The redirected checkers will have their own user options g:syntastic_<filetype>_<checker-name>_<option> independently of those of the target checker, but the defaults and the internal options set by makeprgBuild() will be the same for all filetypes. If you must have different defaults or different internal options for makeprgBuild(), you can define a file-scoped dictionary of options indexed by filetype, and use self.getFiletype() as a selector. For example:

" in the preamble of c/cppcheck.vim
let s:default_args = {
    \ 'c': '',
    \ 'cpp': '-D__cplusplus' }


" in SyntaxCheckers_c_cppcheck_GetLocList()
let makeprg = self.makeprgBuild({
    \ 'args': get(s:default_args, self.getFiletype(), ''),
    \ 'args_after': '-q --enable=style' })

In the example above, the cppcheck checker can handle both C and C++ files, the main code is the c/cppcheck, and cpp/cppcheck is just a redirection to it. Options g:syntastic_c_cppcheck_args and g:syntastic_cpp_cppcheck_args are independent of each other (and apply only to the corresponding filetypes), but the internal args_after is still the same for both checkers (namely '-q --enable=style').

Using get(s:default_args, self.getFiletype(), '') above instead of the seemingly more natural s:default_args[self.getFiletype()] is important: it allows external checkers to redirect here from filetypes not specified in s:default_args.

6. Checkers disabled for security reasons

Some checkers have to be disabled by default for security reasons (this is the case for example for checkers that executes the code being checked), and the user has to enable these checkers explicitly by setting a variable to 1 in order to run them. From the point of view of the checker registry this is accomplished by adding an attribute 'enable': '<variable-name>' to CreateAndRegisterChecker():

call g:SyntasticRegistry.CreateAndRegisterChecker({
    \ 'filetype': 'perl',
    \ 'name': 'perl',
    \ 'enable': 'enable_perl_checker'})

If you do this, the variable g:syntastic_<variable-name> has to be set to 1 for the checker to run. This variable also has a buffer-local version, that takes precedence over it in the buffers where it is defined.

7. External checkers

Syntastic can use checkers located in foreign plugins, outside syntastic's tree. To create such a checker, write it following the above description and put it in a file syntax_checkers/<filetype>/<checker>.vim in the root directory of your plugin.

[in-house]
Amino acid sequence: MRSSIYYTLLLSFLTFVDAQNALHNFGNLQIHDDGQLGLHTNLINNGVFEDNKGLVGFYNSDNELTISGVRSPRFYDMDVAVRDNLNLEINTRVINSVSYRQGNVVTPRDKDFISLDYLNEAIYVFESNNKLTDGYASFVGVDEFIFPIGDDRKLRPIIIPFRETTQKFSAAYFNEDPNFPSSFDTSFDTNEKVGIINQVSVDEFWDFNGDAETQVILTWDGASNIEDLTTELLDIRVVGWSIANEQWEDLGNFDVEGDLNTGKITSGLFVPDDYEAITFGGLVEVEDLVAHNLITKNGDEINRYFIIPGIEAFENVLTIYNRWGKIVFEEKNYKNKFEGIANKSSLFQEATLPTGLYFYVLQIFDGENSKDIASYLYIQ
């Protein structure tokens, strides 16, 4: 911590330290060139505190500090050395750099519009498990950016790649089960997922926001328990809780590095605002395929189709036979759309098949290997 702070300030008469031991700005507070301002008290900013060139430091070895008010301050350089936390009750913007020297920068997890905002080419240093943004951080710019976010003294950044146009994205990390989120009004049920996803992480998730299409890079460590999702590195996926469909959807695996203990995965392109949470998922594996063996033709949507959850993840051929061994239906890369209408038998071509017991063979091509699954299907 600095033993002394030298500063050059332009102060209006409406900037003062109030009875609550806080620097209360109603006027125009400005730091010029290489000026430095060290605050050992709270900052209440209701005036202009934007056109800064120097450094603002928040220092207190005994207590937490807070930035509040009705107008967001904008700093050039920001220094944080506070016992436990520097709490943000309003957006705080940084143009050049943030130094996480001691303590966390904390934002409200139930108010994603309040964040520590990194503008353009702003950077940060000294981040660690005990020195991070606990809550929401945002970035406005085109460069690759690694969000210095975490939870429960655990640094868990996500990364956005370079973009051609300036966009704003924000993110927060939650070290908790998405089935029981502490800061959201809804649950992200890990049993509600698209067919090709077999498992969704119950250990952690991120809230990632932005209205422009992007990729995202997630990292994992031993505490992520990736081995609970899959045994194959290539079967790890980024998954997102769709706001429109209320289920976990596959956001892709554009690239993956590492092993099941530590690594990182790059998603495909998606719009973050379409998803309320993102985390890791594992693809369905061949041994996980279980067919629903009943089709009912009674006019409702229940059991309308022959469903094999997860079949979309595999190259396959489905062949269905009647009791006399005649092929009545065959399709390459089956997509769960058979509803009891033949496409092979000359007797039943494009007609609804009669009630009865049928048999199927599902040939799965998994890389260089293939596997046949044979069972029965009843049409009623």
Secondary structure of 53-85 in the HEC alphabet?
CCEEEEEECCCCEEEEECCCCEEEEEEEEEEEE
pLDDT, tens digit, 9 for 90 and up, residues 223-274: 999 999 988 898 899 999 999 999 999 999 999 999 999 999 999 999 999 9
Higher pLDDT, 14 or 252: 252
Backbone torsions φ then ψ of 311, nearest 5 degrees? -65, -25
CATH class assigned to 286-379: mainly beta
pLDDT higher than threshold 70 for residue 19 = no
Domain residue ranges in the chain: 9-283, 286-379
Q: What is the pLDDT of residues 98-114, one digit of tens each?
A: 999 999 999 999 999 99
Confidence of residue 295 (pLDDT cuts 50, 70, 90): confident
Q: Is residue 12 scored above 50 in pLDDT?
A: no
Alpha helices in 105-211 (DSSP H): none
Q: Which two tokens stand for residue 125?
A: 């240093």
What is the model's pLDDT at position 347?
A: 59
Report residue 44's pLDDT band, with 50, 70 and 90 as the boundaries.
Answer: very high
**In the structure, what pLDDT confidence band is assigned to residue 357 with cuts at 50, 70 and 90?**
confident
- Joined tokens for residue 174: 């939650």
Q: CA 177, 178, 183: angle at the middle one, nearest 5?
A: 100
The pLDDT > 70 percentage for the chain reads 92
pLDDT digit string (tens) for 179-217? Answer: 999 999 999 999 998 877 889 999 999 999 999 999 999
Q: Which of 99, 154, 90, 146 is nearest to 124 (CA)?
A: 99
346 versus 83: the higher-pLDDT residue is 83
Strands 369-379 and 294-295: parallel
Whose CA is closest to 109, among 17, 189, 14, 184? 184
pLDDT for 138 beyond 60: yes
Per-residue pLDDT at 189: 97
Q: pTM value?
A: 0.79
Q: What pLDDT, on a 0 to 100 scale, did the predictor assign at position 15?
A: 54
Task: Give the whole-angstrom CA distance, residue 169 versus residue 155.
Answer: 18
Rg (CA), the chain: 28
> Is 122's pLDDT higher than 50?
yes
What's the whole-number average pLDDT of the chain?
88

If your checker needs to call preprocess or postprocess functions defined outside syntastic's tree, you have to add them to Preprocess and Postprocess options to SyntasticMake(), rather than the usual (lower case) preprocess and postprocess:

let loclist = SyntasticMake({
        \ 'makeprg': makeprg,
        \ 'errorformat': errorformat,
        \ 'Preprocess': 'MyPreprocess',
        \ 'Postprocess': ['MyPostprocess'] })

This will tell syntastic to call global funcions MyPreprocess() and MyPostprocess(), rather than syntastic#preprocess#MyPreprocess() and syntastic#postprocess#MyPostprocess() it would normally call.

If your checker adds a filetype previously unknown to syntastic and you care about proper tab completion, you need to tell syntastic about it. The variable g:syntastic_extra_filetypes can be used for this purpose. It's supposed to be a list of filetypes handled by external checkers, so you might want to add something like this to the initialization section of your plugin:

if exists('g:syntastic_extra_filetypes')
    call add(g:syntastic_extra_filetypes, '<filetype>')
    let g:syntastic_extra_filetypes = ['<filetype>']

Syntastic won't try to register your checker until it actually has to run it. Consequently, adding the above piece of code to the plugin file itself won't work. You need to add it to a script that gets run at initialization time, e.g. to a file plugin/your_plugin.vim in the root directory of your plugin.

On the positive side, you shouldn't need to worry about your plugin being loaded before, or after syntastic.